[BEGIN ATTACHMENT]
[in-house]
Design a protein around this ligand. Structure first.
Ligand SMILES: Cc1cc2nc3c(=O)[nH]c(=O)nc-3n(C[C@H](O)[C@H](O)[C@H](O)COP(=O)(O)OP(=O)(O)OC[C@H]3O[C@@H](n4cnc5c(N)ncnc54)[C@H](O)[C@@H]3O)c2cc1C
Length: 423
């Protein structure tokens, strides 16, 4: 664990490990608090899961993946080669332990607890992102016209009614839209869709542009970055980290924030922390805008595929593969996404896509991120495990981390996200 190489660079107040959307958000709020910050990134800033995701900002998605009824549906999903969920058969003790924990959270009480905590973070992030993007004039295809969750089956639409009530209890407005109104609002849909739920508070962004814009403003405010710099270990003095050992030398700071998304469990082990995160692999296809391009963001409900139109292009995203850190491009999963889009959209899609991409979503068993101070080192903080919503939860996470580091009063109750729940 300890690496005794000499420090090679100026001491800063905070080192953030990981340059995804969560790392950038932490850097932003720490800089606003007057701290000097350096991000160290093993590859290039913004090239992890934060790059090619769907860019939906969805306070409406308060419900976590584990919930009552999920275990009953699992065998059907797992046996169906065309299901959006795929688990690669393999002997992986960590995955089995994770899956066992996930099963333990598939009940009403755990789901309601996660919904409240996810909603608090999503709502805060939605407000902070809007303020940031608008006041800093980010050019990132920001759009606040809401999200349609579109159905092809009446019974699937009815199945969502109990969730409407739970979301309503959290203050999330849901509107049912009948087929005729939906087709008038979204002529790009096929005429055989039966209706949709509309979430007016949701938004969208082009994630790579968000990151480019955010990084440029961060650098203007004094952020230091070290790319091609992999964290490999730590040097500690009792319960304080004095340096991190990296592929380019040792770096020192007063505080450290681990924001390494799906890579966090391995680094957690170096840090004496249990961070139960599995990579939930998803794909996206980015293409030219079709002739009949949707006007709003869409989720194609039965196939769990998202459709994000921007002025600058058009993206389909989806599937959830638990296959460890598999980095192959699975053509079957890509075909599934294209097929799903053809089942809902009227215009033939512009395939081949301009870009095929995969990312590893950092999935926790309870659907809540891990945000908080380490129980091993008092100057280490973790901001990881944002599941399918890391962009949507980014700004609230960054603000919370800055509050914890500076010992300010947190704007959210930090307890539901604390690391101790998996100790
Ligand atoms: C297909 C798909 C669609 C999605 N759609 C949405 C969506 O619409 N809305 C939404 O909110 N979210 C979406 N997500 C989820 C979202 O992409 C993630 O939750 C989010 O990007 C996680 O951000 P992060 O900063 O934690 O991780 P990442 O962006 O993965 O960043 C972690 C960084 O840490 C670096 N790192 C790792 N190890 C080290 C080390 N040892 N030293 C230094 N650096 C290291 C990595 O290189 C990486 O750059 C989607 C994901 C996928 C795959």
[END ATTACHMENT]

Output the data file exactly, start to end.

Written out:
[in-house]
Design a protein around this ligand. Structure first.
Ligand SMILES: Cc1cc2nc3c(=O)[nH]c(=O)nc-3n(C[C@H](O)[C@H](O)[C@H](O)COP(=O)(O)OP(=O)(O)OC[C@H]3O[C@@H](n4cnc5c(N)ncnc54)[C@H](O)[C@@H]3O)c2cc1C
Length: 423
């Protein structure tokens, strides 16, 4: 664990490990608090899961993946080669332990607890992102016209009614839209869709542009970055980290924030922390805008595929593969996404896509991120495990981390996200 190489660079107040959307958000709020910050990134800033995701900002998605009824549906999903969920058969003790924990959270009480905590973070992030993007004039295809969750089956639409009530209890407005109104609002849909739920508070962004814009403003405010710099270990003095050992030398700071998304469990082990995160692999296809391009963001409900139109292009995203850190491009999963889009959209899609991409979503068993101070080192903080919503939860996470580091009063109750729940 300890690496005794000499420090090679100026001491800063905070080192953030990981340059995804969560790392950038932490850097932003720490800089606003007057701290000097350096991000160290093993590859290039913004090239992890934060790059090619769907860019939906969805306070409406308060419900976590584990919930009552999920275990009953699992065998059907797992046996169906065309299901959006795929688990690669393999002997992986960590995955089995994770899956066992996930099963333990598939009940009403755990789901309601996660919904409240996810909603608090999503709502805060939605407000902070809007303020940031608008006041800093980010050019990132920001759009606040809401999200349609579109159905092809009446019974699937009815199945969502109990969730409407739970979301309503959290203050999330849901509107049912009948087929005729939906087709008038979204002529790009096929005429055989039966209706949709509309979430007016949701938004969208082009994630790579968000990151480019955010990084440029961060650098203007004094952020230091070290790319091609992999964290490999730590040097500690009792319960304080004095340096991190990296592929380019040792770096020192007063505080450290681990924001390494799906890579966090391995680094957690170096840090004496249990961070139960599995990579939930998803794909996206980015293409030219079709002739009949949707006007709003869409989720194609039965196939769990998202459709994000921007002025600058058009993206389909989806599937959830638990296959460890598999980095192959699975053509079957890509075909599934294209097929799903053809089942809902009227215009033939512009395939081949301009870009095929995969990312590893950092999935926790309870659907809540891990945000908080380490129980091993008092100057280490973790901001990881944002599941399918890391962009949507980014700004609230960054603000919370800055509050914890500076010992300010947190704007959210930090307890539901604390690391101790998996100790
Ligand atoms: C297909 C798909 C669609 C999605 N759609 C949405 C969506 O619409 N809305 C939404 O909110 N979210 C979406 N997500 C989820 C979202 O992409 C993630 O939750 C989010 O990007 C996680 O951000 P992060 O900063 O934690 O991780 P990442 O962006 O993965 O960043 C972690 C960084 O840490 C670096 N790192 C790792 N190890 C080290 C080390 N040892 N030293 C230094 N650096 C290291 C990595 O290189 C990486 O750059 C989607 C994901 C996928 C795959």